It also aims to launch a micro-satellite on a Chinese rocket in 2019.
The University of Hong Kong is injecting $10m (US$1.28m) into the establishment of a new space research laboratory near Hangzhou in Zhejiang province in a move that marks deepening research collaboration with the Mainland, reports South China Morning Post.
The new facility will be called University of Hong Kong Zhejiang Institute of Research and Innovation (HKU-ZIRI) and will boost opportunities for space research in Hong Kong and the Mainland. Confirmed staff include astrophysicist Dr Meng Su and Mars expert Dr Joseph Michalski.
“This strategic investment is designed to help put space and planetary sciences and space-related activities squarely on the map at HKU,” Professor Quentin Parker, associate dean (global) in the faculty of science and acting director of the HKU Laboratory for Space Research told SCMP.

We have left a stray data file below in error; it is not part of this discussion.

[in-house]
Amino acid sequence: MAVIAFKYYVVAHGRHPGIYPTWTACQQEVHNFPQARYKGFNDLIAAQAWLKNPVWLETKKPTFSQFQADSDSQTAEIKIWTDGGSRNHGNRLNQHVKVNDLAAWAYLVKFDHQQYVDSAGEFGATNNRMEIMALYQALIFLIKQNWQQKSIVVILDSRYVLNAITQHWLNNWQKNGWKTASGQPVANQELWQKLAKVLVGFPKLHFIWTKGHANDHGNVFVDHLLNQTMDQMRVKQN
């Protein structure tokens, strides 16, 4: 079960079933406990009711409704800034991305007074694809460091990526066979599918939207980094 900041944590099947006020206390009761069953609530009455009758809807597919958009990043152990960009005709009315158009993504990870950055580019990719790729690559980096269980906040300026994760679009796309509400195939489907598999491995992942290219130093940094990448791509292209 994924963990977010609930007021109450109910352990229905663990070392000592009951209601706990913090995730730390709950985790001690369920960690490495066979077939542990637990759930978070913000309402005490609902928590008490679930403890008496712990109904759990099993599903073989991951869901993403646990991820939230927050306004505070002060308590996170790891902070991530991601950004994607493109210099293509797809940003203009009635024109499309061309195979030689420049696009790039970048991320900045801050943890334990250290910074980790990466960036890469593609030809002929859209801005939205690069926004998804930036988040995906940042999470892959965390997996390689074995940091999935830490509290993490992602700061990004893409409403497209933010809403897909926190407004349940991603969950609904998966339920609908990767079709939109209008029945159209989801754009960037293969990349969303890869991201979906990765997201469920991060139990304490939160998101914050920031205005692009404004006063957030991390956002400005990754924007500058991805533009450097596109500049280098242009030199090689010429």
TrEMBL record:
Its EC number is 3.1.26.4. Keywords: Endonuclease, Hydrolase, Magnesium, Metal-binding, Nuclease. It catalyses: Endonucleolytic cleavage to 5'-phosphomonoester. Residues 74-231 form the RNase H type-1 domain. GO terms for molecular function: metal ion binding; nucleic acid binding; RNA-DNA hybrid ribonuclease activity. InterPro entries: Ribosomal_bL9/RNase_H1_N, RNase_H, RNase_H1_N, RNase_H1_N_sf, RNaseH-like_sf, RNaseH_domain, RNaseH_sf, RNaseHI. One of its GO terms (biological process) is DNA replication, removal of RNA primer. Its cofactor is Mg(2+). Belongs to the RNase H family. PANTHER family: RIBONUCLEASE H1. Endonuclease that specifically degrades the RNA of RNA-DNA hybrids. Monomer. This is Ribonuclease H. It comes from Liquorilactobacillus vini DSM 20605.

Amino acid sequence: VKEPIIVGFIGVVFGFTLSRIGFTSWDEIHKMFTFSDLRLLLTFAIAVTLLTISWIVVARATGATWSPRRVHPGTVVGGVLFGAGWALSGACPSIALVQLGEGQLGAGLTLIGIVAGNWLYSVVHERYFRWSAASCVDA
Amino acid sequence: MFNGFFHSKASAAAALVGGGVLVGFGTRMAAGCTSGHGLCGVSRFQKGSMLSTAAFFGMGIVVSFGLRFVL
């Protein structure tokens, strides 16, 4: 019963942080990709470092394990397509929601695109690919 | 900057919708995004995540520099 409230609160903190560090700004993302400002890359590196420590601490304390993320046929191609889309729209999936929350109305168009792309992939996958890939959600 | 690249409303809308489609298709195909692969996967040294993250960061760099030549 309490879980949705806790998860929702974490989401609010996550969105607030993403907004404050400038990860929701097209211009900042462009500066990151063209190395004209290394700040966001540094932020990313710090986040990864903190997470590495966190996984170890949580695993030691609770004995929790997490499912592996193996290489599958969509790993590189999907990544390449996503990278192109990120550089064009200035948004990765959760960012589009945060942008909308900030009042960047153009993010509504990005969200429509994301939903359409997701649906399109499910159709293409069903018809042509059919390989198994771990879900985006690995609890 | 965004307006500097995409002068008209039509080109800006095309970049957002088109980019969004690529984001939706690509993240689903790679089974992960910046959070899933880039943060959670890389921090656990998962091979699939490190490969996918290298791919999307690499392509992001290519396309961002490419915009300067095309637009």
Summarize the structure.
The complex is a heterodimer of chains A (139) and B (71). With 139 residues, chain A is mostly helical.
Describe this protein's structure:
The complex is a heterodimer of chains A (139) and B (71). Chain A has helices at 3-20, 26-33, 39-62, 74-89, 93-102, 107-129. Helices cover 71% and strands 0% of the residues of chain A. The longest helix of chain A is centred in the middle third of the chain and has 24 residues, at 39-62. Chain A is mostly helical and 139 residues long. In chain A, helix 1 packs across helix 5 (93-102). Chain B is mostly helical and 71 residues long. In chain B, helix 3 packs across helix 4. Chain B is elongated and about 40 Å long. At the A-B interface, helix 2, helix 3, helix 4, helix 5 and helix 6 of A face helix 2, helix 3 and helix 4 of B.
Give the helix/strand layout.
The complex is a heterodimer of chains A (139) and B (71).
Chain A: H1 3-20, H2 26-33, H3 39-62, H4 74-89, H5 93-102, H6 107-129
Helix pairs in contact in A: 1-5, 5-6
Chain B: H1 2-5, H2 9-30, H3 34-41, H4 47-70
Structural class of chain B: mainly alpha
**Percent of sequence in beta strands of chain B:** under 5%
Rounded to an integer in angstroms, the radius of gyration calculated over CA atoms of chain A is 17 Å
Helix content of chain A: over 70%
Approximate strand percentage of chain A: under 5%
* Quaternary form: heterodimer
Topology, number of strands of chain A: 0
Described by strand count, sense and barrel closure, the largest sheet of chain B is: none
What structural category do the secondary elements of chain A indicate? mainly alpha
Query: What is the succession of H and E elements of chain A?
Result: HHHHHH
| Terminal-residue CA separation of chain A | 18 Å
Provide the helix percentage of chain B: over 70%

Slated for opening in the next few months, the lab aims to launch a micro-satellite named HKU No 1 on a Chinese rocket by 2019. The satellite hosts a 50 kg x-ray telescope built by the China Aerospace Science and Technology Corporation in Beijing.
The HKU lab will fund the work of two postdoctoral fellows from leading mainland educational institutions – the Kavli Institute for Astronomy and Astrophysics at Peking University and a space and astrophysics group from Nanjing University.
“These shared positions will be hosted by the physics and earth sciences departments at HKU 50 per cent of the time. This will help turbo charge collaboration and opportunities for Hong Kong-based scientists with top mainland space and astrophysics groups,” he said.
Photo from Adon3465 - Own work, CC BY-SA 3.0
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